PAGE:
‘It’s shameful, it’s horrifying’: B.C. conservationists call for end to controversial wolf cull

June 21, 2024 in News by RBN Staff


So, they can’t figure out if they love the alpha predator wolves, or the caribou. Thanks, Canada.
The Northern United States


Source: GlobalNews.ca

Conservationists are once again calling for an end to B.C.’s controversial annual wolf cull, saying it is cruel and unnecessary.

Every year the B.C. government hires contractors to kill hundreds of wolves to help save the dwindling caribou herds. Most of the wolves are shot from helicopters.

The program started in 2015. The Ministry of Land, Water and Resource Stewardship told Global News Thursday that 280 wolves were killed this past winter and more than 1,700 have been killed since the program started.

Advocate and activist Sadie Parr said she became aware of the wolf cull in B.C. around 2007, which she said was being done “under the guise of caribou recovery.

“But the fact of the matter is, we’re still destroying caribou habitat to this day.”

Parr said it was in 2015 that the aerial gunning of wolves began in the province after the B.C. Wolf Management Plan was released a year earlier.

“So it’s been seven or eight consecutive years of winter aerial gunning programs that have expanded over that time.”

Parr has spent years investigating the program and among the many things about it that disturb her is the so-called Judas Wolf technique. This involves capturing a wolf in a net and putting a radio collar on it to lead government-contracted shooters back to its pack so they can be killed.

“Most often wolves are captured, one wolf will be captured, it might be ground-trapping or it might be net-trapped from a helicopter and this wolf is immobilized and a radio collar is placed around it,” Parr said.

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“The wolf is not killed at the time, it’s kept alive and it’s later in the winter months when the wolf returns to the rest of its family that contracted shooters hired from the government will come in using aircraft to follow the signal on the collar.

“They’re hoping that the wolf at that point is with the rest of its family. If it has joined up with the rest of its family the contractors will shoot down every single wolf in that area other than the one wolf that’s radio-collared. That’s usually identified with an ear tag so they can keep that wolf alive.”

Parr said this would no doubt be very distressing for the wolves. They are running for their lives; they could be hit with multiple bullets and wounded and take hours to die in agony.

“And then that one wolf, it’s often called the ‘Judas Wolf’, would be left alive for the next year,” she said.

“Wolves are social animals. It’s going to try and regroup and start a new family only to have the very same thing happen to any wolf it befriends the next year.”

Click to play video: 'B.C. wolf cull look back'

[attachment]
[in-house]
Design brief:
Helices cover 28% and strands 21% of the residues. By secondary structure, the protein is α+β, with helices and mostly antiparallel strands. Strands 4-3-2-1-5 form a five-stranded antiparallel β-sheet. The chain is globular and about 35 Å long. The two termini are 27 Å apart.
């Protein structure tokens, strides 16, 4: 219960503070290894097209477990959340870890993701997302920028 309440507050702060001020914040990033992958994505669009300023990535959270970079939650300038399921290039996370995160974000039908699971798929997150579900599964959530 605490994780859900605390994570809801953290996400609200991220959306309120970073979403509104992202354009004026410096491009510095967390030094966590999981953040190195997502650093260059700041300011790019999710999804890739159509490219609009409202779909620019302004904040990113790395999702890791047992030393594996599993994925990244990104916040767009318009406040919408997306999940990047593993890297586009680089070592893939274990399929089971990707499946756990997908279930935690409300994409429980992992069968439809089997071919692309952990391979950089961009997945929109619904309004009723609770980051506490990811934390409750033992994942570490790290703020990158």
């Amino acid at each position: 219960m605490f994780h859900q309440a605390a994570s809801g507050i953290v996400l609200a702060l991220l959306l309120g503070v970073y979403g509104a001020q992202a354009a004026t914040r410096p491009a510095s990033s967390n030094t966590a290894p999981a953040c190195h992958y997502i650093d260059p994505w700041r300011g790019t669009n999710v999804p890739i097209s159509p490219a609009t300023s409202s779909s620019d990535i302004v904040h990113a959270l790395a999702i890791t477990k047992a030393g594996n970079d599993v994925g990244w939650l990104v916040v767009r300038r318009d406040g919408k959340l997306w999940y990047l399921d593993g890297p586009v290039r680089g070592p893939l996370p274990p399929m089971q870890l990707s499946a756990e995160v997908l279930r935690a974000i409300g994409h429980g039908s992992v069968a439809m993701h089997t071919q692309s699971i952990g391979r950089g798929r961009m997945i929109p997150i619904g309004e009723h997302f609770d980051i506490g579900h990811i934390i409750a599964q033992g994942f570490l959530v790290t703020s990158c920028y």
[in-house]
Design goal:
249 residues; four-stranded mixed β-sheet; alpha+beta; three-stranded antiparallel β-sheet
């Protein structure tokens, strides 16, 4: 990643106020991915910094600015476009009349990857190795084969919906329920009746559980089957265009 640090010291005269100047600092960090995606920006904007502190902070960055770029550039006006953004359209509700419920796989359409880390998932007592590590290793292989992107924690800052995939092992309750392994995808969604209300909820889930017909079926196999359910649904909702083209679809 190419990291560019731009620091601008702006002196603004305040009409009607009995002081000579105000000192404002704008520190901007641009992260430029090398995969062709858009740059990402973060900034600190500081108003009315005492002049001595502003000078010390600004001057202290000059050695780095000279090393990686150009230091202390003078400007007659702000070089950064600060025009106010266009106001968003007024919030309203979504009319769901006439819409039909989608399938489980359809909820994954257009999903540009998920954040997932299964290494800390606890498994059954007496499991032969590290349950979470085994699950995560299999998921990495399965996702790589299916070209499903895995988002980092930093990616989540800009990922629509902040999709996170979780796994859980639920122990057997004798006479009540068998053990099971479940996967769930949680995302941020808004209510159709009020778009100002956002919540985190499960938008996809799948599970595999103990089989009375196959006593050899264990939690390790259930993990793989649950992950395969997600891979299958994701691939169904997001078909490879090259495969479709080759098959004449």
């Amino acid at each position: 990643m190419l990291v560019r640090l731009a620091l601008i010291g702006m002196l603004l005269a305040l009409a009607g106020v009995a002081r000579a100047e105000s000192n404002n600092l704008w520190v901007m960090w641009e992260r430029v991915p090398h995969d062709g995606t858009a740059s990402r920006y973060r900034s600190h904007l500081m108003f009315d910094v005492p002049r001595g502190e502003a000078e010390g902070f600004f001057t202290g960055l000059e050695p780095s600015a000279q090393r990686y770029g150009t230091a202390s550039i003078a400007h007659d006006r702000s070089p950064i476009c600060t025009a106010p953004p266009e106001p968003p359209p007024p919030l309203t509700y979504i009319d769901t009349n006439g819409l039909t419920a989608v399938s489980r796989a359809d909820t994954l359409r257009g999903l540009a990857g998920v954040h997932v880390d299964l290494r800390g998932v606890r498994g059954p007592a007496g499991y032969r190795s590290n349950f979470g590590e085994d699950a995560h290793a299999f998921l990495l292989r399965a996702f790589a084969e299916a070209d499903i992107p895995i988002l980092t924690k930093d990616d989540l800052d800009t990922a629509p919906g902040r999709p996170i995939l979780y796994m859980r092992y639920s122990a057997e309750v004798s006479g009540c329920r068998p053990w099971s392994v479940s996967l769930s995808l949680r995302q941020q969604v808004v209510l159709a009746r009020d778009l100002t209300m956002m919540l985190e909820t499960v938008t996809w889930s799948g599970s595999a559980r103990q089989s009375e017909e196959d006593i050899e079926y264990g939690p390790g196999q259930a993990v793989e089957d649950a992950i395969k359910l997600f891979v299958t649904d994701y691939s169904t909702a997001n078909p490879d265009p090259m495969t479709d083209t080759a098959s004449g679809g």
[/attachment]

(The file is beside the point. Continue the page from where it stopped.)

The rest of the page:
B.C. wolf cull look back

In a statement to Global News the Ministry of Land, Water and Resource Stewardship said this method “provides data to government biologists about wolf movements and pack territories and helps facilitate the removal of packs during winter wolf reduction efforts. The removal of packs within treatment areas is critical to supporting caribou survival.”

Adam Olsen, the MLA for Saanich North and the Islands and a member of the BC Green Party called the wolf cull program a “colossal and cruel policy failure.

“The reality of it is we’re not managing the landscape at all in this province,” Olsen said. “Our logging practices are incredibly destructive, that we’re still clear-cutting entire mountainsides. This is threatening caribou and many other species.”

Olsen added the government is reluctant to bring about biodiversity legislation and poor landscape management in the province has led to the culling of wolves, which he said is a “terrible thing to think about.

“The ultimate enemy of the caribou is human beings. We are unapologetically destroying their habitat. We apologize to the wolves for having to kill them because we’ve exposed the caribou and made them too easy to hunt for wolf packs but we are absolutely the greatest threat to the caribou and to several other species.”

The Ministry of Land, Water and Resource Stewardship said “predator reduction aids caribou recovery and is based on science and sound wildlife management principles.

“The decision to reduce predator populations is not taken lightly. It requires an adaptive management approach, with high standards for scientific rigour and the use of humane methods.”

The group Pacific Wild has also sued the province, arguing the program is unlawful.

A ruling is expected in early June.

“I really don’t believe that killing has anything to do with conservation,” Parr said.

“This really puts a stain on B.C. and on Canada, this program should never have begun in the first place….It’s shameful, it’s horrifying, it’s embarrassing, and it really needs to end.”